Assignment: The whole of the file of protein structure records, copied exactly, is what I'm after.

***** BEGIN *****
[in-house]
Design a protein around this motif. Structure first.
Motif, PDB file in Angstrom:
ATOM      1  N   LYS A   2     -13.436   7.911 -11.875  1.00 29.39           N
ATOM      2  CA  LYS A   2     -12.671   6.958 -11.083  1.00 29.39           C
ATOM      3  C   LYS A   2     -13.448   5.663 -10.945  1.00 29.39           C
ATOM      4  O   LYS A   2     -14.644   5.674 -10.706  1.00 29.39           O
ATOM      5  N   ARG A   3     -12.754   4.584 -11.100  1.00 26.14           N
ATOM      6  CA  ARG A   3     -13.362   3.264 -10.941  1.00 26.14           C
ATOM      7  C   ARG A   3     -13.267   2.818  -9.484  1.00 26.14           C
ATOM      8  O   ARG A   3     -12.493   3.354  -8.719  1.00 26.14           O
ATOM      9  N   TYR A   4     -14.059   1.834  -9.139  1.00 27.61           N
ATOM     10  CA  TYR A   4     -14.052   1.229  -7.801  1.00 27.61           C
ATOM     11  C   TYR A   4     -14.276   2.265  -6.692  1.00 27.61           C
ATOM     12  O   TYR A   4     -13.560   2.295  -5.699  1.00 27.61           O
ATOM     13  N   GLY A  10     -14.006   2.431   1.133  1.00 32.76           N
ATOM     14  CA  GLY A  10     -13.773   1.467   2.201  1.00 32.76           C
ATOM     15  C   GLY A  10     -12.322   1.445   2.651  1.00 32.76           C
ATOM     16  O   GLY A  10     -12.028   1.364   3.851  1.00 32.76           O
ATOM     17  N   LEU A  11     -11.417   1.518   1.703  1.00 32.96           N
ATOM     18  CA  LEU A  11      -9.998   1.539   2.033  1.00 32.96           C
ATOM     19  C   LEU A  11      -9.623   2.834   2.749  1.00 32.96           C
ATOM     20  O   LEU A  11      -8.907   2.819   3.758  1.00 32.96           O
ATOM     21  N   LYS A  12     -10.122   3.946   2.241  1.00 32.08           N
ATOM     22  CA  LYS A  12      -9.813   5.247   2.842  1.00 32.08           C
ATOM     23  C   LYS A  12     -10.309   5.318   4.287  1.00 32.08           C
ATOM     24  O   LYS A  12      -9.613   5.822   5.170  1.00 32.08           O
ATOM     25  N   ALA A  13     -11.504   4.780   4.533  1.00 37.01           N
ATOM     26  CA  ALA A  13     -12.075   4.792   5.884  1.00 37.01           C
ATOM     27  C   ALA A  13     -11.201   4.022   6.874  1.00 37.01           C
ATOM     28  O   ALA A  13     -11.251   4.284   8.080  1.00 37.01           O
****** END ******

[in-house]
Design a protein around this motif. Structure first.
Motif, PDB file in Angstrom:
ATOM      1  N   LYS A   2     -13.436   7.911 -11.875  1.00 29.39           N
ATOM      2  CA  LYS A   2     -12.671   6.958 -11.083  1.00 29.39           C
ATOM      3  C   LYS A   2     -13.448   5.663 -10.945  1.00 29.39           C
ATOM      4  O   LYS A   2     -14.644   5.674 -10.706  1.00 29.39           O
ATOM      5  N   ARG A   3     -12.754   4.584 -11.100  1.00 26.14           N
ATOM      6  CA  ARG A   3     -13.362   3.264 -10.941  1.00 26.14           C
ATOM      7  C   ARG A   3     -13.267   2.818  -9.484  1.00 26.14           C
ATOM      8  O   ARG A   3     -12.493   3.354  -8.719  1.00 26.14           O
ATOM      9  N   TYR A   4     -14.059   1.834  -9.139  1.00 27.61           N
ATOM     10  CA  TYR A   4     -14.052   1.229  -7.801  1.00 27.61           C
ATOM     11  C   TYR A   4     -14.276   2.265  -6.692  1.00 27.61           C
ATOM     12  O   TYR A   4     -13.560   2.295  -5.699  1.00 27.61           O
ATOM     13  N   GLY A  10     -14.006   2.431   1.133  1.00 32.76           N
ATOM     14  CA  GLY A  10     -13.773   1.467   2.201  1.00 32.76           C
ATOM     15  C   GLY A  10     -12.322   1.445   2.651  1.00 32.76           C
ATOM     16  O   GLY A  10     -12.028   1.364   3.851  1.00 32.76           O
ATOM     17  N   LEU A  11     -11.417   1.518   1.703  1.00 32.96           N
ATOM     18  CA  LEU A  11      -9.998   1.539   2.033  1.00 32.96           C
ATOM     19  C   LEU A  11      -9.623   2.834   2.749  1.00 32.96           C
ATOM     20  O   LEU A  11      -8.907   2.819   3.758  1.00 32.96           O
ATOM     21  N   LYS A  12     -10.122   3.946   2.241  1.00 32.08           N
ATOM     22  CA  LYS A  12      -9.813   5.247   2.842  1.00 32.08           C
ATOM     23  C   LYS A  12     -10.309   5.318   4.287  1.00 32.08           C
ATOM     24  O   LYS A  12      -9.613   5.822   5.170  1.00 32.08           O
ATOM     25  N   ALA A  13     -11.504   4.780   4.533  1.00 37.01           N
ATOM     26  CA  ALA A  13     -12.075   4.792   5.884  1.00 37.01           C
ATOM     27  C   ALA A  13     -11.201   4.022   6.874  1.00 37.01           C
ATOM     28  O   ALA A  13     -11.251   4.284   8.080  1.00 37.01           O